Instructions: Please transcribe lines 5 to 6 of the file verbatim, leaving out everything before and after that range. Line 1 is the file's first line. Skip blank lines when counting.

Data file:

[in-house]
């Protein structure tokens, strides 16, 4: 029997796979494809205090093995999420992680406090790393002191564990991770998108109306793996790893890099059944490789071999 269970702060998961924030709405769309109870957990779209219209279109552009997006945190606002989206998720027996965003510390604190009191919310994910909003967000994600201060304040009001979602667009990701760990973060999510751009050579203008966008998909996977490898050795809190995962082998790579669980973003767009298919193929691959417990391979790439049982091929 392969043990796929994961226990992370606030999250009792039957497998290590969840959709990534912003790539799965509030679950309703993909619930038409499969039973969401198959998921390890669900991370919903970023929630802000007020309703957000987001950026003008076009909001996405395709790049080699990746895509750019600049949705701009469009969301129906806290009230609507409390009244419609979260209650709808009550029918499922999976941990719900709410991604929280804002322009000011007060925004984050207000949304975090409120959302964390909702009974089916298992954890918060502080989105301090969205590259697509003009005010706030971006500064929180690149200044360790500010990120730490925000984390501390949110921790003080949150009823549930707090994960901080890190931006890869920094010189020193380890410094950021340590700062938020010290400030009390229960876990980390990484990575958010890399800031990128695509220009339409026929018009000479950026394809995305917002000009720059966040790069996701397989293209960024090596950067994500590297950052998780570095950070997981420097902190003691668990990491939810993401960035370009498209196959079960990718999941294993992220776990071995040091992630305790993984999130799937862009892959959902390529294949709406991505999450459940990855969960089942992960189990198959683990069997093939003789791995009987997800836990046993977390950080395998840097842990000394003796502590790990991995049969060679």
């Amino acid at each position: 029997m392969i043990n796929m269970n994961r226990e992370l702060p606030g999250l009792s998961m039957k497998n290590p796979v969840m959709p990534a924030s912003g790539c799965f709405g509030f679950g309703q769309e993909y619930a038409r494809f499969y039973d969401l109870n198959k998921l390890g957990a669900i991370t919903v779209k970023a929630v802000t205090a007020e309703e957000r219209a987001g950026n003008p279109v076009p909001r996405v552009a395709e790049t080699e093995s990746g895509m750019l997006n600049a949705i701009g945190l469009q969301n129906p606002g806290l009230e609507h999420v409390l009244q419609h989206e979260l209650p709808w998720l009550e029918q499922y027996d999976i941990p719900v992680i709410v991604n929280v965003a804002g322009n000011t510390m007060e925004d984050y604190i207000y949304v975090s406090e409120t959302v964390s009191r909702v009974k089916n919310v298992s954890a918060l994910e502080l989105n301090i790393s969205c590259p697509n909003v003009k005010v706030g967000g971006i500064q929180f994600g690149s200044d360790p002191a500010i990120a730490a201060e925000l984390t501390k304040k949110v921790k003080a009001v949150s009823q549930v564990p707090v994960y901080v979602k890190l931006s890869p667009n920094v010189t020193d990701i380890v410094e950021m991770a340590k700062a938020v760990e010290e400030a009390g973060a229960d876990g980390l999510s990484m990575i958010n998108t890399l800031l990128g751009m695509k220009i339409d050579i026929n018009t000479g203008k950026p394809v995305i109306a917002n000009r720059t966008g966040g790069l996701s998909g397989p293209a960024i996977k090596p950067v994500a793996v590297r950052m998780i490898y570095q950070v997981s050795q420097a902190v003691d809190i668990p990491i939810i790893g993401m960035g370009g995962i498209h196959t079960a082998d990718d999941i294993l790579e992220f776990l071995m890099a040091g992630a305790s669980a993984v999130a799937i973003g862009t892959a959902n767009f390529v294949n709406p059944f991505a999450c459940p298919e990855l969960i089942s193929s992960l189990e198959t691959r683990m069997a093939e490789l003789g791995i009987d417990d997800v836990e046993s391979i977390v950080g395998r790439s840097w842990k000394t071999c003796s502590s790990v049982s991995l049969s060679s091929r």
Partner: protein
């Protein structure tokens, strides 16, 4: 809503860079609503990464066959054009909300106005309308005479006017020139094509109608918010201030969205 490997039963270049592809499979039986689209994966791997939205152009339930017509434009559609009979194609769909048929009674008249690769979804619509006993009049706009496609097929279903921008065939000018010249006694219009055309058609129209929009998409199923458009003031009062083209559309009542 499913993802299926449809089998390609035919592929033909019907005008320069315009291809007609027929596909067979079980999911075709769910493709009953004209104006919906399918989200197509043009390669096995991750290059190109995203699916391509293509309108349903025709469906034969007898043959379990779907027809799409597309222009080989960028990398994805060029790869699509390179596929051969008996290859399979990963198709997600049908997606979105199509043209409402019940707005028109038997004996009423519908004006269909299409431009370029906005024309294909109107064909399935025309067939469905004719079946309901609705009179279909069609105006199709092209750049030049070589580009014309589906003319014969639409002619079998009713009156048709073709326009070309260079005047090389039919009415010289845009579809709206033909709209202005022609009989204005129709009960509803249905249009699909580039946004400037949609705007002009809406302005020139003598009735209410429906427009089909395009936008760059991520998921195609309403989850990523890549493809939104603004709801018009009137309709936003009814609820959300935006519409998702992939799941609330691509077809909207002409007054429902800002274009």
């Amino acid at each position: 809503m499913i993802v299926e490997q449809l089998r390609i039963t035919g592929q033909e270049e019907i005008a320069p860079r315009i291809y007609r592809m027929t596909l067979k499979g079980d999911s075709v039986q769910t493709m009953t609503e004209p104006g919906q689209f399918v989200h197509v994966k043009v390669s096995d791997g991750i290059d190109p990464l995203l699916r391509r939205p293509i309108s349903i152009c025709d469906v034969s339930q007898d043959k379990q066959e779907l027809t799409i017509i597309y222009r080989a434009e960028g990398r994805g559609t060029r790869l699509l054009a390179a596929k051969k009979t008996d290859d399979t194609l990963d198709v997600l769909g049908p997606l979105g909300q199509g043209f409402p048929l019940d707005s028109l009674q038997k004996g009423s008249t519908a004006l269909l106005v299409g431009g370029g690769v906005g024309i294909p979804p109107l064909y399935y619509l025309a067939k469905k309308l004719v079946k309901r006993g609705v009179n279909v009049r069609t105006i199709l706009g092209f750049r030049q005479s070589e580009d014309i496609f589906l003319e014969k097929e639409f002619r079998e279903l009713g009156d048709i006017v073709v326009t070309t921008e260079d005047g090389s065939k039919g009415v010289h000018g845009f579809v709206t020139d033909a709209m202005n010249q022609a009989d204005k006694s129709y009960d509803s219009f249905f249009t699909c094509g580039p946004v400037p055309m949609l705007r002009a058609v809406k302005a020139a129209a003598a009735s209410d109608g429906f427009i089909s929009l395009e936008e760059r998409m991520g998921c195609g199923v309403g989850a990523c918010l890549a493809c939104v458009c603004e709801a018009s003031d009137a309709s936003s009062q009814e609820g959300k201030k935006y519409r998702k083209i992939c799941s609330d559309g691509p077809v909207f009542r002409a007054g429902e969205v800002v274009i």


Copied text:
């Protein structure tokens, strides 16, 4: 809503860079609503990464066959054009909300106005309308005479006017020139094509109608918010201030969205 490997039963270049592809499979039986689209994966791997939205152009339930017509434009559609009979194609769909048929009674008249690769979804619509006993009049706009496609097929279903921008065939000018010249006694219009055309058609129209929009998409199923458009003031009062083209559309009542 499913993802299926449809089998390609035919592929033909019907005008320069315009291809007609027929596909067979079980999911075709769910493709009953004209104006919906399918989200197509043009390669096995991750290059190109995203699916391509293509309108349903025709469906034969007898043959379990779907027809799409597309222009080989960028990398994805060029790869699509390179596929051969008996290859399979990963198709997600049908997606979105199509043209409402019940707005028109038997004996009423519908004006269909299409431009370029906005024309294909109107064909399935025309067939469905004719079946309901609705009179279909069609105006199709092209750049030049070589580009014309589906003319014969639409002619079998009713009156048709073709326009070309260079005047090389039919009415010289845009579809709206033909709209202005022609009989204005129709009960509803249905249009699909580039946004400037949609705007002009809406302005020139003598009735209410429906427009089909395009936008760059991520998921195609309403989850990523890549493809939104603004709801018009009137309709936003009814609820959300935006519409998702992939799941609330691509077809909207002409007054429902800002274009």
């Amino acid at each position: 809503m499913i993802v299926e490997q449809l089998r390609i039963t035919g592929q033909e270049e019907i005008a320069p860079r315009i291809y007609r592809m027929t596909l067979k499979g079980d999911s075709v039986q769910t493709m009953t609503e004209p104006g919906q689209f399918v989200h197509v994966k043009v390669s096995d791997g991750i290059d190109p990464l995203l699916r391509r939205p293509i309108s349903i152009c025709d469906v034969s339930q007898d043959k379990q066959e779907l027809t799409i017509i597309y222009r080989a434009e960028g990398r994805g559609t060029r790869l699509l054009a390179a596929k051969k009979t008996d290859d399979t194609l990963d198709v997600l769909g049908p997606l979105g909300q199509g043209f409402p048929l019940d707005s028109l009674q038997k004996g009423s008249t519908a004006l269909l106005v299409g431009g370029g690769v906005g024309i294909p979804p109107l064909y399935y619509l025309a067939k469905k309308l004719v079946k309901r006993g609705v009179n279909v009049r069609t105006i199709l706009g092209f750049r030049q005479s070589e580009d014309i496609f589906l003319e014969k097929e639409f002619r079998e279903l009713g009156d048709i006017v073709v326009t070309t921008e260079d005047g090389s065939k039919g009415v010289h000018g845009f579809v709206t020139d033909a709209m202005n010249q022609a009989d204005k006694s129709y009960d509803s219009f249905f249009t699909c094509g580039p946004v400037p055309m949609l705007r002009a058609v809406k302005a020139a129209a003598a009735s209410d109608g429906f427009i089909s929009l395009e936008e760059r998409m991520g998921c195609g199923v309403g989850a990523c918010l890549a493809c939104v458009c603004e709801a018009s003031d009137a309709s936003s009062q009814e609820g959300k201030k935006y519409r998702k083209i992939c799941s609330d559309g691509p077809v909207f009542r002409a007054g429902e969205v800002v274009i």